The first obviously cannot work, because the crub environment does not contain \small, whereas the command \crub contains it. And another thing: Never use the same name on both a command and an environment, because it creates a macro name clash. –  tohecz Jan 25 '12 at 21:42
I may not be fully understanding you (or maybe I was not really clear when asking my question), but I do not have both the crub command and the crub environment in the same doc. Due to other issues (which are solved by using the environment), I am using that instead of the the command. I am foregoing the /small there. Additionally, I wish to convert the /psalmheading to environment form, if possible. Thanks. Oh, sorry the second block of code was what I was trying to do to convert the \psalmheading to an environment form. –  Michael Dykes Jan 25 '12 at 21:47
Just to give you an idea of what is going on, here is part of my doc (the original): –  Michael Dykes Jan 25 '12 at 21:53

There are unnecessary bits in your definition of the crub environment:

\newenvironment{crub}
{\begin{center}\color{red}\bfseries\small}
{\end{center}}


is simpler. Actually center is defined with trivlist, but it's better to stick with higher level objects as long as it is possible.

The same strategy works with psalmheading:

\newenvironment{psalmheading}
{\begin{center}\color{red}\bfseries\large}
{\end{center}}


You probably had a problem caused by \noindent which starts LR mode so that you got a spurious space in the output; but in center the indent is zero anyway.

-
One more major question (if I may). Currently, the header is set to the chapter (left header) and the section (right header) which I would like to keep, but in some cases they are overlapping. I need a way for both of them to be lowercase and not ALL CAPS, but am not sure how to do this??? –  Michael Dykes Jan 25 '12 at 22:13
Try to put \let\MakeUppercase\relax in your preamble. This will prevent LaTeX from uppercasing the marks (instead of "making uppercase", the LateX will just "relax for a while". –  tohecz Jan 25 '12 at 22:19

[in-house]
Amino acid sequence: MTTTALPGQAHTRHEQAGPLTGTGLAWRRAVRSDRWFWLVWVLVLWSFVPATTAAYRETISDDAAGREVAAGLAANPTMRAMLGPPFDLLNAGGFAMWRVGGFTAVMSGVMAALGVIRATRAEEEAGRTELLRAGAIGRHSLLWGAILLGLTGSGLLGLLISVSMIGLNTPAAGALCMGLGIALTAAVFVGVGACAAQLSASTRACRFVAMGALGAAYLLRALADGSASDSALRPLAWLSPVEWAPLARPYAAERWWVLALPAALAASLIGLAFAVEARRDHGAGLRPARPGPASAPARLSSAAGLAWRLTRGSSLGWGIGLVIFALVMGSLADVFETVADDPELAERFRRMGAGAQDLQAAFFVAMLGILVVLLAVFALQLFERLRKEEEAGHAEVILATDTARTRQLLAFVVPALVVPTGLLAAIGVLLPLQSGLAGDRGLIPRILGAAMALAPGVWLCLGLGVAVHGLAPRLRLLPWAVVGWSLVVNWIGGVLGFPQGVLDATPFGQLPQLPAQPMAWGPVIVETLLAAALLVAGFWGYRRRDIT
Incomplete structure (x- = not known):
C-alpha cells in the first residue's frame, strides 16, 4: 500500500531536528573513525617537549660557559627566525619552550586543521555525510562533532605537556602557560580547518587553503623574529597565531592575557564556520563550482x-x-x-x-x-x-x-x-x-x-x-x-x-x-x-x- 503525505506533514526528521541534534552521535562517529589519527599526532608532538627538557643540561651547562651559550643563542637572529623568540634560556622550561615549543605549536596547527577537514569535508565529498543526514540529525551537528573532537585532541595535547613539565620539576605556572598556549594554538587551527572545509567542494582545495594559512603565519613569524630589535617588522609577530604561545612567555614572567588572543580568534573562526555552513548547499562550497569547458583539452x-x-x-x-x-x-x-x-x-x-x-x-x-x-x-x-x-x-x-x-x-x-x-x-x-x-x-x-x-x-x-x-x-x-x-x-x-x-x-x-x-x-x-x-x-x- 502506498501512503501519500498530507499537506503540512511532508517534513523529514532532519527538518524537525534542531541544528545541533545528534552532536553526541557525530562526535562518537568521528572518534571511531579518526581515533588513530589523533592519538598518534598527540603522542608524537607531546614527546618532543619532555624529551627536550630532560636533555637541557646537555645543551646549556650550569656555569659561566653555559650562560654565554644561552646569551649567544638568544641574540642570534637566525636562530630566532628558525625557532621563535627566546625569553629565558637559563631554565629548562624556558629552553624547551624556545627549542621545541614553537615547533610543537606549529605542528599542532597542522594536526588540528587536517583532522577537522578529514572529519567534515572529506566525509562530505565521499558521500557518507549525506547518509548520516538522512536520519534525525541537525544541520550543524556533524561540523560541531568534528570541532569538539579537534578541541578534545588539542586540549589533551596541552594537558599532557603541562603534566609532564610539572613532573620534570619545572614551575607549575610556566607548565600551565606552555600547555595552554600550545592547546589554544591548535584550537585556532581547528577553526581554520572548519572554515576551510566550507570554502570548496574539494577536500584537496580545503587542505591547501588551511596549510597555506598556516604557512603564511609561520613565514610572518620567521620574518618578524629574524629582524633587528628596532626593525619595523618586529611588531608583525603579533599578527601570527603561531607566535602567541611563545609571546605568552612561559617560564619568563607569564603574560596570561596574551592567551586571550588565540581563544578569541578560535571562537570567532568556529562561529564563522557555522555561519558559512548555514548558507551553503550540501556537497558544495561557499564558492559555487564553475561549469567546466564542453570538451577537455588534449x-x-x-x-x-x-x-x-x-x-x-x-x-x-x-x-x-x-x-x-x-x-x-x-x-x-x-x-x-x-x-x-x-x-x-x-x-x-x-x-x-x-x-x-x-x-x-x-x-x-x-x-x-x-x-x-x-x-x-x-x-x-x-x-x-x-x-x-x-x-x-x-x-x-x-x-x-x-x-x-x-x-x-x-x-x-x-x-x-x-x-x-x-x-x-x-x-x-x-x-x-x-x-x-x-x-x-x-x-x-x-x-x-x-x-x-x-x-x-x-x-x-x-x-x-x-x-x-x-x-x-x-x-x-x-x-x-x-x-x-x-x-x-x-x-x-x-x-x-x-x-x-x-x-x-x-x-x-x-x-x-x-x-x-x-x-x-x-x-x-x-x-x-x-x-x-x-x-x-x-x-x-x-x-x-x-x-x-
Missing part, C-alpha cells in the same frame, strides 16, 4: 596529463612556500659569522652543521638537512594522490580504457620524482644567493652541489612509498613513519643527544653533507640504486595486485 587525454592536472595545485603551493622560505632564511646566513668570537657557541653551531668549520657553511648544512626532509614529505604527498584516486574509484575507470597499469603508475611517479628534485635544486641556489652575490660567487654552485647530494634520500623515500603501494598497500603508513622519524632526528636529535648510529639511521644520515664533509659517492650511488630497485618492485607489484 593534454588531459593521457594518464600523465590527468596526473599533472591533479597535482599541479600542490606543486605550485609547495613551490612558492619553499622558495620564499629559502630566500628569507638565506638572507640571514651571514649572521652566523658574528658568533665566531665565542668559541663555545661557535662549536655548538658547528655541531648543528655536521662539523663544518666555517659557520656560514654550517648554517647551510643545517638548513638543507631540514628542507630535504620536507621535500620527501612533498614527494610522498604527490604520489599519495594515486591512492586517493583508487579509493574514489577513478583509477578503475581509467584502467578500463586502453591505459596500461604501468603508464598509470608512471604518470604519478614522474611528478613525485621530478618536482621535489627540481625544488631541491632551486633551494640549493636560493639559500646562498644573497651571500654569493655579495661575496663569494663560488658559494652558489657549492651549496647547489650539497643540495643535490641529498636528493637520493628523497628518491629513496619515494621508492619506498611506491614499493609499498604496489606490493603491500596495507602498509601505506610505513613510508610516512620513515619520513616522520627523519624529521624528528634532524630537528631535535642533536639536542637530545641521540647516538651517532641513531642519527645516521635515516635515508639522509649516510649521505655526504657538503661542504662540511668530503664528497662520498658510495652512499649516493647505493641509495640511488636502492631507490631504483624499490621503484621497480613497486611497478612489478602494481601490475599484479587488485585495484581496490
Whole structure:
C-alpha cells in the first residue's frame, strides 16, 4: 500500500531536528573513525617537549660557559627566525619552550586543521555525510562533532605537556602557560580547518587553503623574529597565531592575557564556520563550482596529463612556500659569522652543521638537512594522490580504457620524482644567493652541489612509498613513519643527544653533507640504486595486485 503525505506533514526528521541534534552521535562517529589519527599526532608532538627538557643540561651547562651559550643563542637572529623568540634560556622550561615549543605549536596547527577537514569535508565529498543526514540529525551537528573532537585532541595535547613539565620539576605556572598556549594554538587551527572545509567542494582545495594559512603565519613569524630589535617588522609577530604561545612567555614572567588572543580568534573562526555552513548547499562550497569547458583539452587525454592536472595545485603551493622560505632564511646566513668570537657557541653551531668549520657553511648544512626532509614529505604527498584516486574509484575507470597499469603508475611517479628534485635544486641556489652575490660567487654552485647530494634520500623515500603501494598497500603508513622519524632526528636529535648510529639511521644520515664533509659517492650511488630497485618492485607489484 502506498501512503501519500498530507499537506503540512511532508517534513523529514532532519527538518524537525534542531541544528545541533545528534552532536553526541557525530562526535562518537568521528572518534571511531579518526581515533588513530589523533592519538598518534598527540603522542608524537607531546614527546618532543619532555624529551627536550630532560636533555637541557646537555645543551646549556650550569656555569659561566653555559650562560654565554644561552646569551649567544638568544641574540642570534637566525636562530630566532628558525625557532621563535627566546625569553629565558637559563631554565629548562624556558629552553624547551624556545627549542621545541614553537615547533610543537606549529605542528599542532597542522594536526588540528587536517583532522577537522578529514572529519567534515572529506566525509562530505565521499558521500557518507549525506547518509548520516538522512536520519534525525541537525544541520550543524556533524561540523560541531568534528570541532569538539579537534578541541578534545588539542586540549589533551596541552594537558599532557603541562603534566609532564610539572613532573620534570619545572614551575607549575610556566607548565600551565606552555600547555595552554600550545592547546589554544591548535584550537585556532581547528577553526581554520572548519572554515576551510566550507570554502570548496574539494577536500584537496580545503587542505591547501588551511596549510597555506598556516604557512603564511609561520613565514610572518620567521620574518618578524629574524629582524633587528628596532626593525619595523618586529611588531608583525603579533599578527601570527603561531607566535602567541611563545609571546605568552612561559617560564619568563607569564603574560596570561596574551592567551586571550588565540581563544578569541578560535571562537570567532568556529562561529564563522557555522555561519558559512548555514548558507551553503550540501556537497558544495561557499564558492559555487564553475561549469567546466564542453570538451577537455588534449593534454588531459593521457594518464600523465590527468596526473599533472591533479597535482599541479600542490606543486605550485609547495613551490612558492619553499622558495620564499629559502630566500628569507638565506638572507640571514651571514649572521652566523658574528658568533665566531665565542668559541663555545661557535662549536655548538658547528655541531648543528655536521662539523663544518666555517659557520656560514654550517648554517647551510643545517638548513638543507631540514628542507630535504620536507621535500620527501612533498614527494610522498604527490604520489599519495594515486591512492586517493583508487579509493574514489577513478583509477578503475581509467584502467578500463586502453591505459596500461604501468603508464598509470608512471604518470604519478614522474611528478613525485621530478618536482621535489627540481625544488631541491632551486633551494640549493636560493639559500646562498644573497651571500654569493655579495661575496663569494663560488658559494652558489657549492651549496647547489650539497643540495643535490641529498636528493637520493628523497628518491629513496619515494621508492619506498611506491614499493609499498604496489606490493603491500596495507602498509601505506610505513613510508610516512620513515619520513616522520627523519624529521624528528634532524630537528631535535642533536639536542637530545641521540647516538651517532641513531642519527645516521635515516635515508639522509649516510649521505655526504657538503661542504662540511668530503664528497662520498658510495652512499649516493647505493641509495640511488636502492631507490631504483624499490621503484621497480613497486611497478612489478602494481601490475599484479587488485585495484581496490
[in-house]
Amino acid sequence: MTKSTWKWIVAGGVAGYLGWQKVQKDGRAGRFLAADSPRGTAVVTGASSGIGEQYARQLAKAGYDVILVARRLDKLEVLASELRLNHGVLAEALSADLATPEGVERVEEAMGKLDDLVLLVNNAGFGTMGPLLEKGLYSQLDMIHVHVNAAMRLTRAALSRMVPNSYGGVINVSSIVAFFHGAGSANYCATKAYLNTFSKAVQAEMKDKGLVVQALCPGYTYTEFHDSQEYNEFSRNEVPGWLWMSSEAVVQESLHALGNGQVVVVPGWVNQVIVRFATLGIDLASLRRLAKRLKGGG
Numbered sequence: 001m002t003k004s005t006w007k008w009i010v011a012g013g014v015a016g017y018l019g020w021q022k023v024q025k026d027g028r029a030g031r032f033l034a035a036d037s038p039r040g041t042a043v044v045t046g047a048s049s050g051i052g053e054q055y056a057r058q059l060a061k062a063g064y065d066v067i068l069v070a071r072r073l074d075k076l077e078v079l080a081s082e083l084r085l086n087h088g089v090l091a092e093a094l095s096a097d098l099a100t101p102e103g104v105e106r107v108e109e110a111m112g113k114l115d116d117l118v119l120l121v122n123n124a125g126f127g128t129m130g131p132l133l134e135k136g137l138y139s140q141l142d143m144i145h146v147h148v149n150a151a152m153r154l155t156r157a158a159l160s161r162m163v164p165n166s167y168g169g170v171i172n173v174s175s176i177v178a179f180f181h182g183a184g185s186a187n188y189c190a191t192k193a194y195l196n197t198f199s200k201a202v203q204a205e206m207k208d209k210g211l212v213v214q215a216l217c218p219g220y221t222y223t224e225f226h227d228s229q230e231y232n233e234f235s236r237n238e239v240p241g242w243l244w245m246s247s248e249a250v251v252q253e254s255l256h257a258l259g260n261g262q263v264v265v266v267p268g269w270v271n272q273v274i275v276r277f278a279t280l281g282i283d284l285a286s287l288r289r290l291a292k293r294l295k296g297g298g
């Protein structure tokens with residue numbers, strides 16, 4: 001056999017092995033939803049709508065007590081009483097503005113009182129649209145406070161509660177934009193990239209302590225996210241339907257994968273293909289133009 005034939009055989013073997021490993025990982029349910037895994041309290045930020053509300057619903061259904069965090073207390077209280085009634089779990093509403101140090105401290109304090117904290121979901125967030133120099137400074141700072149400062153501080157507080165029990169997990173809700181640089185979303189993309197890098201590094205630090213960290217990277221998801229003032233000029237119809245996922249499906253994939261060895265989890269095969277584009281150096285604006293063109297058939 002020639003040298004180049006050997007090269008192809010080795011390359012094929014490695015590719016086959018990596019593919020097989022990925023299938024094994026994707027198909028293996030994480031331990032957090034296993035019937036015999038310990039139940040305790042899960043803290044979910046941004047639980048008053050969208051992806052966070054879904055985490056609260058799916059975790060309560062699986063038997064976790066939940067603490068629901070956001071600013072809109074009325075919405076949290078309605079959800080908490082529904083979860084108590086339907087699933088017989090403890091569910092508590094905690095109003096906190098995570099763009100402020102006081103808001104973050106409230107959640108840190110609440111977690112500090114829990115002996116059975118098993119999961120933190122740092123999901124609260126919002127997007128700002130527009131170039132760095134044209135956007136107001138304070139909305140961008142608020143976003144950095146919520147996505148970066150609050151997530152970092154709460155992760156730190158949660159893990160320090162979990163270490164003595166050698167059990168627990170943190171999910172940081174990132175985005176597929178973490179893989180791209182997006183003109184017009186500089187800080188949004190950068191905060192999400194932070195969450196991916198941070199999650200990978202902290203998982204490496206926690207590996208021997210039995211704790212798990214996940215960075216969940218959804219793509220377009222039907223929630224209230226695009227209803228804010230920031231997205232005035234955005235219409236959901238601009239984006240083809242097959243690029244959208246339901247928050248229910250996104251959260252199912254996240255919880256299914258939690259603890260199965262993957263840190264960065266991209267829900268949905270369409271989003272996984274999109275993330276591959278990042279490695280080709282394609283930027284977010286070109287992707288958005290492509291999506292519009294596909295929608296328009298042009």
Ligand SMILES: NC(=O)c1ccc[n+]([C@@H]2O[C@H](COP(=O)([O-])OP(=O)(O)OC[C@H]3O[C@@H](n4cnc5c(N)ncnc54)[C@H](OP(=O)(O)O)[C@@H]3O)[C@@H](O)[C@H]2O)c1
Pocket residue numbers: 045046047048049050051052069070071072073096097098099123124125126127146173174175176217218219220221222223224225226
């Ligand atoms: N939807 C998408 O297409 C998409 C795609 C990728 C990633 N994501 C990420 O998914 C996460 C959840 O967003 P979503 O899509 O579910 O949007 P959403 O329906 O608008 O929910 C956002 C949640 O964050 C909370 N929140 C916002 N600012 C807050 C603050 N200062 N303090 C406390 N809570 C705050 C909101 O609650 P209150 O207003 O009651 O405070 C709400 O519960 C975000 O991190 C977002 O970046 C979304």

@MichaelDykes Look at the packages fancyhdr or titleps for a way to customize your headers. –  egreg Jan 25 '12 at 22:21
@tohecz When I tried adding \let\MakeUppercase\relax to my preamble, I ended up with several blank sheets at the beginning of the doc??? –  Michael Dykes Jan 26 '12 at 0:26
@MichaelDykes It's not a good idea to redefine an important command of LaTeX. The approach with fancyhdr is recommended. The manual is quite clear. –  egreg Jan 26 '12 at 0:28

I hope this is a solution (it defines the environment psalmheading, just using the TeX primitives, I prefer it this way):

\usepackage{xcolor}


Using the more standard LaTeX commands should be the same:

\usepackage{xcolor}
\newenvironment{psalmheading}{% percent-sign and the end of line to remove spaces
\center\large\bfseries\color{red}%
}{\endcenter}


\endcenter is the ending command of \center. You are used to put \begin{center}...\end{center}, but \center...\endcenter runs a bit faster (and there're few more technical differences).

And you can use any formatting commands in the place of \large\bfseries\color{red}.

Full test code:

\documentclass{article}

\usepackage{xcolor}

\usepackage{lipsum} % package to add some dummy text

\begin{document}

\lipsum[1] % inputs some random text

\lipsum[2] % inputs some random text

\lipsum[3] % inputs some random text

\end{document}


Edit: the rub environment, the most tricky is removal of the next empty line, if there is any:

\documentclass{article}

\usepackage{lipsum}
\usepackage{xcolor}

\makeatletter
% got from http://phaseportrait.blogspot.com/2011/08/using-gobblepars-to-prevent-latex-from.html
\newcommand\gobblepars{%
\@ifnextchar\par%
{\expandafter\gobblepars\@gobble}%
{}}
\def\aftergobblepars{\expandafter\gobblepars}
\makeatother

\newenvironment{rub}{%
\small\bfseries\color{red}%
}{%
\quad % put any space command here
\aftergroup\aftergobblepars\gobblepars%
}

\begin{document}

\lipsum[1]

\begin{rub}
LABEL
\end{rub}

\lipsum[4]

\end{document}

-
@tohecx So, what does the command /lipsum do exactly? Also, could this format be applied to all my other /newcommands (see above)? Thanks again. I am really loving LaTeX and TeX, the more I learn about it. –  Michael Dykes Jan 25 '12 at 22:07
Sorry, I should have explained better. I added comments to my response. –  tohecz Jan 25 '12 at 22:18
@MichaelDykes: \lipsum just generates text, so you don't have to type some random text yourself. –  celtschk Jan 25 '12 at 22:23
Why \begingroup and \endgroup? They are added automatically by \begin and \end. Moreover \noindent serves no purpose. Moreover it's preferable to stick with "standard" LaTeX commands, instead of \def, whenever possible: a beginner might be confused with the syntax. –  egreg Jan 25 '12 at 23:19
@egreg: \noindent shall be omitted, you are right, edited. The grouping is a matter of habits, I often use such commands in the short syntax (\env...\endenv) hence the grouping... so again you are right. –  tohecz Jan 25 '12 at 23:23